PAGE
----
- About Environment, Products, Size, and People
- Consider Specialization First...
- ...And Generalization Second
- Widen People's Job Titles
- Cultivate Informal Leadership
- Watch Team Boundaries
- The Optimal Team Size Is 5 (Maybe)
- Functional Teams versus Cross-Functional Teams
- Two Design Principles
- Choose Your Organizational Style
- Turn Each Team into a Little Value Unit
- Move Stuff out to Separate Teams
- Move Stuff up to Separate Layers
- How Many Managers Does It Take to Change an Organization?
- Create a Hybrid Organization
- The Anarchy Is Dead, Long Live the Panarchy
- Have No Secrets
- Make Everything Visible
- Connect People
- Aim for Adaptability
- Reflection and Action
Create a Hybrid Organization
The mixing of project teams with specialist teams, and hierarchies with networks, can be called a hybrid organization. It is said that hybrid organizations avoid the disadvantages of both functional teams in a purely hierarchical environment and autonomous project teams in a purely networked environment. Companies with less rigid cultures, many projects, and the need for speed, typically arrive at hybrid solutions [Testa 2009:370] [Reinertsen 1997:106].
Some forms of hybrid organizations are called matrix organizations. But although I've used that name in the past, I prefer not to use it anymore. In the available literature on this topic, the term matrix organization for many people seems to imply two organizational "dimensions": line management and project management. Some authors describe the "problems" of matrix organizations, which are conflicts of authority between line managers and project managers, the question of who is the real boss, nasty political situations, and a perceived overhead in the number of managers. [Jones 2001]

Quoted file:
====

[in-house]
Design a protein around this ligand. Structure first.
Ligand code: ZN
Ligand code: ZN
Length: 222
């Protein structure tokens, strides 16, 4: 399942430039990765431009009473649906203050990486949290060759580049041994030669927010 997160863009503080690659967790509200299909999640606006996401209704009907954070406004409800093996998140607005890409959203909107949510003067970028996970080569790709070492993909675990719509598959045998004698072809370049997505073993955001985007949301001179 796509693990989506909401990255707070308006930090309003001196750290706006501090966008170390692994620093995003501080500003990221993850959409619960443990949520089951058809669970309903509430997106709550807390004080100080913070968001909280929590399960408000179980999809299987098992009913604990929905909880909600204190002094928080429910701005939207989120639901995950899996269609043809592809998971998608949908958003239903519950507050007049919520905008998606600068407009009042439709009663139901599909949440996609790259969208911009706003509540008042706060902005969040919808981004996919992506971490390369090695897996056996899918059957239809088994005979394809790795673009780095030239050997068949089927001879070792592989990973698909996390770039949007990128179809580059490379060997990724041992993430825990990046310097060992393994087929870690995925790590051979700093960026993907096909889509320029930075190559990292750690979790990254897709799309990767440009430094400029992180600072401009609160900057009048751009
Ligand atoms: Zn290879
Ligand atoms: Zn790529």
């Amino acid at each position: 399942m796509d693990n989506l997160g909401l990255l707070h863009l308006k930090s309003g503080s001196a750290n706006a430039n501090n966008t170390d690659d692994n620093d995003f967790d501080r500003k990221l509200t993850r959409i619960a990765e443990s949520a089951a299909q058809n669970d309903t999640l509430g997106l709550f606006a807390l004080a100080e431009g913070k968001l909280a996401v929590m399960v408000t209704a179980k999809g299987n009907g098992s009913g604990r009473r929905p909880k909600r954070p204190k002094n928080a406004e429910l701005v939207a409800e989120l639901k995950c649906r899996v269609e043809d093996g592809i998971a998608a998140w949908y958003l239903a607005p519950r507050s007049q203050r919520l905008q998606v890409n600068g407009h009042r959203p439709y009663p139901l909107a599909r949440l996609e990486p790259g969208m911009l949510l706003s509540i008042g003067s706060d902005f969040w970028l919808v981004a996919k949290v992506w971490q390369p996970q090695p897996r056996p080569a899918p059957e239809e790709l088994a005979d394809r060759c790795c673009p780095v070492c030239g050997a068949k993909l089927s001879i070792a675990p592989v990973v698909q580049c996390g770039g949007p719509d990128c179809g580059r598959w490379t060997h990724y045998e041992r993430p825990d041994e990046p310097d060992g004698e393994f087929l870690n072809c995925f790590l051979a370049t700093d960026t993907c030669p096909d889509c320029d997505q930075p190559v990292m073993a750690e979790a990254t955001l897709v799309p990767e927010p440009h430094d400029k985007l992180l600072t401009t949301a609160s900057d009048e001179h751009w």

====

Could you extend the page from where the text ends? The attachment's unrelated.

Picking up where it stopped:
Some authors report problems with morale in matrix organizations. If the project manager is in control, the line manager feels demoralized for having responsibility but no control. And it is the same the other way around, with "strong" line managers and "weak" project managers. But I believe all that is just a big misunderstanding. One shouldn't blame the chainsaw for holding it at the wrong end.
The reported problems with matrix organizations are a result of incorrectly implementing hybrid organizations. In a proper implementation, there is one and only one line of authority, and it flows through the hierarchy of line managers. Project managers are there to serve the teams, not to control them. Project managers are there to manage projects, not people. I am convinced that the position of project managers should be no different than that of software architects and QA managers, who all have their own responsibilities. By the way, this also makes it clear that there are usually more than two "dimensions" in a hybrid organization. Only one line goes up (through line management), but many lines go sideways.